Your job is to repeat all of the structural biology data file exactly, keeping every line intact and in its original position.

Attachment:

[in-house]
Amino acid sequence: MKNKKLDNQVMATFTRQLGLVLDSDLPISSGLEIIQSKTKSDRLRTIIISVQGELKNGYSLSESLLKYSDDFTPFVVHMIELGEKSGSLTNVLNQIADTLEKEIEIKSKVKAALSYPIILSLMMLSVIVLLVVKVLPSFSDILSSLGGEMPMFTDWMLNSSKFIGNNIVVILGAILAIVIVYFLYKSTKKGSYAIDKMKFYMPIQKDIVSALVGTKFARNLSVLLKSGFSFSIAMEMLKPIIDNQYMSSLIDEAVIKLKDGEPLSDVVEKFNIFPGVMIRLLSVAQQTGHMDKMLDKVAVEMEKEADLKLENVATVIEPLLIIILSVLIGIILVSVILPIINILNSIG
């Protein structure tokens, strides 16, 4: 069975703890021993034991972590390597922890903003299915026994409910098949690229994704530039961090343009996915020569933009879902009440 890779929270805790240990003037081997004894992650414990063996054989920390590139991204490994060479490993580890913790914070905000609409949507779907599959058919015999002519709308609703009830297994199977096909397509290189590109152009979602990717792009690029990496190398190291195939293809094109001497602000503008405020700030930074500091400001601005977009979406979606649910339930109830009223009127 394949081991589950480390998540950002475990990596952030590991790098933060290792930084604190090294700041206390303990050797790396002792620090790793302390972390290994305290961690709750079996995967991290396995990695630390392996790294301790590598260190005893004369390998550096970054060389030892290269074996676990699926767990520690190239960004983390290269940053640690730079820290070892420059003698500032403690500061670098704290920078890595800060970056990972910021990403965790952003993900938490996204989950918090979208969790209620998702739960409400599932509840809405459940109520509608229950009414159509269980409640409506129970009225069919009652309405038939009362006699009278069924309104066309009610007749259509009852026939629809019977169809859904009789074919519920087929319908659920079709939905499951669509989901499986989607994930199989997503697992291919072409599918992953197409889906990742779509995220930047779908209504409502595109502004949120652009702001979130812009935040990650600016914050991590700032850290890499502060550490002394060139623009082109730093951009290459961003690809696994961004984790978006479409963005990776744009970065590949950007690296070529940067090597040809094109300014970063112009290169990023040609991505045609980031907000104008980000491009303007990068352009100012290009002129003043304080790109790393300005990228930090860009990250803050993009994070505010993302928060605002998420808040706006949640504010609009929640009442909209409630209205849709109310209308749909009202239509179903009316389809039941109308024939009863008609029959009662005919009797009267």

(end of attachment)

[in-house]
Amino acid sequence: MKNKKLDNQVMATFTRQLGLVLDSDLPISSGLEIIQSKTKSDRLRTIIISVQGELKNGYSLSESLLKYSDDFTPFVVHMIELGEKSGSLTNVLNQIADTLEKEIEIKSKVKAALSYPIILSLMMLSVIVLLVVKVLPSFSDILSSLGGEMPMFTDWMLNSSKFIGNNIVVILGAILAIVIVYFLYKSTKKGSYAIDKMKFYMPIQKDIVSALVGTKFARNLSVLLKSGFSFSIAMEMLKPIIDNQYMSSLIDEAVIKLKDGEPLSDVVEKFNIFPGVMIRLLSVAQQTGHMDKMLDKVAVEMEKEADLKLENVATVIEPLLIIILSVLIGIILVSVILPIINILNSIG
């Protein structure tokens, strides 16, 4: 069975703890021993034991972590390597922890903003299915026994409910098949690229994704530039961090343009996915020569933009879902009440 890779929270805790240990003037081997004894992650414990063996054989920390590139991204490994060479490993580890913790914070905000609409949507779907599959058919015999002519709308609703009830297994199977096909397509290189590109152009979602990717792009690029990496190398190291195939293809094109001497602000503008405020700030930074500091400001601005977009979406979606649910339930109830009223009127 394949081991589950480390998540950002475990990596952030590991790098933060290792930084604190090294700041206390303990050797790396002792620090790793302390972390290994305290961690709750079996995967991290396995990695630390392996790294301790590598260190005893004369390998550096970054060389030892290269074996676990699926767990520690190239960004983390290269940053640690730079820290070892420059003698500032403690500061670098704290920078890595800060970056990972910021990403965790952003993900938490996204989950918090979208969790209620998702739960409400599932509840809405459940109520509608229950009414159509269980409640409506129970009225069919009652309405038939009362006699009278069924309104066309009610007749259509009852026939629809019977169809859904009789074919519920087929319908659920079709939905499951669509989901499986989607994930199989997503697992291919072409599918992953197409889906990742779509995220930047779908209504409502595109502004949120652009702001979130812009935040990650600016914050991590700032850290890499502060550490002394060139623009082109730093951009290459961003690809696994961004984790978006479409963005990776744009970065590949950007690296070529940067090597040809094109300014970063112009290169990023040609991505045609980031907000104008980000491009303007990068352009100012290009002129003043304080790109790393300005990228930090860009990250803050993009994070505010993302928060605002998420808040706006949640504010609009929640009442909209409630209205849709109310209308749909009202239509179903009316389809039941109308024939009863008609029959009662005919009797009267």